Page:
Tolkien never actually describes Legolas’ legendary locks in The Lord of the Rings, but as the token elf of Tolkien’s Fellowship, it’s a given that he’s the best-tressed of the bunch. And every artist trying their hand at Legolas’ likeness must depict its glory.
Ralph Bakshi gave him a layered look that is somehow both incredibly '70s and incredibly '90s, befitting Legolas’ status as an immortal hottie.
Peter Jackson gave him the rakish half-up, half-down braided ‘do of a horse girl, making him the Genre Teen Heartthrob of the aughts.
And in 1986, illustrator Michael Herring gave him… this.
This is a mullet worthy of inclusion in Tolkien’s legendarium: Rivendell in the front, Mirkwood in the back. Look at those thick and lustrous locks, framing that chiseled, Hasselhoffian visage. He looks like Miles O’Keeffe in the Mystery Science Theater 3000 classic Cave Dwellers all scrubbed up and ready for church. His hair is so good it made Gimli’s hair flawless with one weirdly paternal hand on his dwarven shoulder. (Weird way to flirt with the dwarf you end up sailing off to the Undying Lands with, but, you know, I’m not an elf, who am I to judge?) Now, that’s what I call iconic.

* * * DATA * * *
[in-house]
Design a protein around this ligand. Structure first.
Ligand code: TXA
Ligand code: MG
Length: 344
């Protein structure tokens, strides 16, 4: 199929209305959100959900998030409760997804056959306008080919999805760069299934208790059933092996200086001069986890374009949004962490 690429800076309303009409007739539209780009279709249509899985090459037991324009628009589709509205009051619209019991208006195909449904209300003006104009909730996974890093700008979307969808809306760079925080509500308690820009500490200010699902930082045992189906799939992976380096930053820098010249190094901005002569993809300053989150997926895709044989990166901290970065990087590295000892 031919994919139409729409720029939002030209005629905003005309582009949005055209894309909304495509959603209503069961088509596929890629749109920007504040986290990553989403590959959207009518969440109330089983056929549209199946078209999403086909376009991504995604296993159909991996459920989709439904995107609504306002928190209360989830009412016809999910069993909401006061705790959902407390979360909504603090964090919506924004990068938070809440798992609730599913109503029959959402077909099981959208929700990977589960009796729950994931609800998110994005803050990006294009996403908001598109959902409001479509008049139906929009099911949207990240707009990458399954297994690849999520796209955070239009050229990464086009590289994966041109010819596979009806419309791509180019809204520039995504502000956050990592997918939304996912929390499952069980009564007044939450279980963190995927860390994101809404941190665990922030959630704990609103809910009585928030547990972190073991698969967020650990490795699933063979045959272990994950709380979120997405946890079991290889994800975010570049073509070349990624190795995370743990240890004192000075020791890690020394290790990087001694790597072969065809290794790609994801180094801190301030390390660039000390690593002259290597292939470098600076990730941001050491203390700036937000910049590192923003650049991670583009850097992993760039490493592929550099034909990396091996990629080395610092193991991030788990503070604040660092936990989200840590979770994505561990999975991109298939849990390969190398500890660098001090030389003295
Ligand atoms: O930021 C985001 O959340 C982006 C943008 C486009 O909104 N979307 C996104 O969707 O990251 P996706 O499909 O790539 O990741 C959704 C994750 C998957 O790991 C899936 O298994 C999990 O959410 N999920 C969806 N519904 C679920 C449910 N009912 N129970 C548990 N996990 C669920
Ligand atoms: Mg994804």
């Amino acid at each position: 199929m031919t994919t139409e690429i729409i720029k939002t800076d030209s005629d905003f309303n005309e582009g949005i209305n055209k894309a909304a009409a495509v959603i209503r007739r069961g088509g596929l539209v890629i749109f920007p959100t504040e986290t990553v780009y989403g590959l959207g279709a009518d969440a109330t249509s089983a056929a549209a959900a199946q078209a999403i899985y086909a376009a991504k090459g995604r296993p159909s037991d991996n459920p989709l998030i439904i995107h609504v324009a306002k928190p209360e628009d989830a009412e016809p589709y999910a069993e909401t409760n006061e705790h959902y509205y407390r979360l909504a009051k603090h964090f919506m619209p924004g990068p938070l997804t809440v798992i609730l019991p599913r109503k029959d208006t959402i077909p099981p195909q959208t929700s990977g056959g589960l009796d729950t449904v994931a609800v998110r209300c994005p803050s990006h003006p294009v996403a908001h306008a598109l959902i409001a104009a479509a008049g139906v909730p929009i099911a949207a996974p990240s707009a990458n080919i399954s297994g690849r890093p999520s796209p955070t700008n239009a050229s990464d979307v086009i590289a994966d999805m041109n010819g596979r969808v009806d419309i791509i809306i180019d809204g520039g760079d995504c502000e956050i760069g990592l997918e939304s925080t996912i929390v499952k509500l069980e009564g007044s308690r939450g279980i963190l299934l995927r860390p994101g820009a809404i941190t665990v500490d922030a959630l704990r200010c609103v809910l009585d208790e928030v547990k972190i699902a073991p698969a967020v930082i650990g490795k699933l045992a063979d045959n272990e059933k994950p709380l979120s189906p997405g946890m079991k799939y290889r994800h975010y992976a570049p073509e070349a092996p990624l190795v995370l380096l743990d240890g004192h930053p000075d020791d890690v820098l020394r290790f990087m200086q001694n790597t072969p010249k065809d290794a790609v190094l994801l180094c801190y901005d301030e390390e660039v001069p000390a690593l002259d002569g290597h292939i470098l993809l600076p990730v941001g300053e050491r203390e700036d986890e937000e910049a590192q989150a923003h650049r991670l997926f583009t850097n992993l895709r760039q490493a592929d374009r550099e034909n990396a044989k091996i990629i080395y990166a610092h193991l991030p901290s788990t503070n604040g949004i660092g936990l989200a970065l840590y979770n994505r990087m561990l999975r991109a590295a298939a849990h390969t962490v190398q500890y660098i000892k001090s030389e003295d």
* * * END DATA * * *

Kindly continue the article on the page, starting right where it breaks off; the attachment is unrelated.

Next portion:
Tolkien, of course, was notoriously nitpicky about his worldbuilding—I mean, the entire legendarium started because he needed a backstory to support his conlangs. So since there’s no hockey in Middle-earth, we can only conclude that Legolas invented the mullet. Why? Well, the elves of Mirkwood are known for their feasts, love of wine, and living in a forest full of nightmares. You’ve got to keep your hair out of your eyes so you don’t get eaten by a spider on your walk of shame home—but you still have to look fabulous.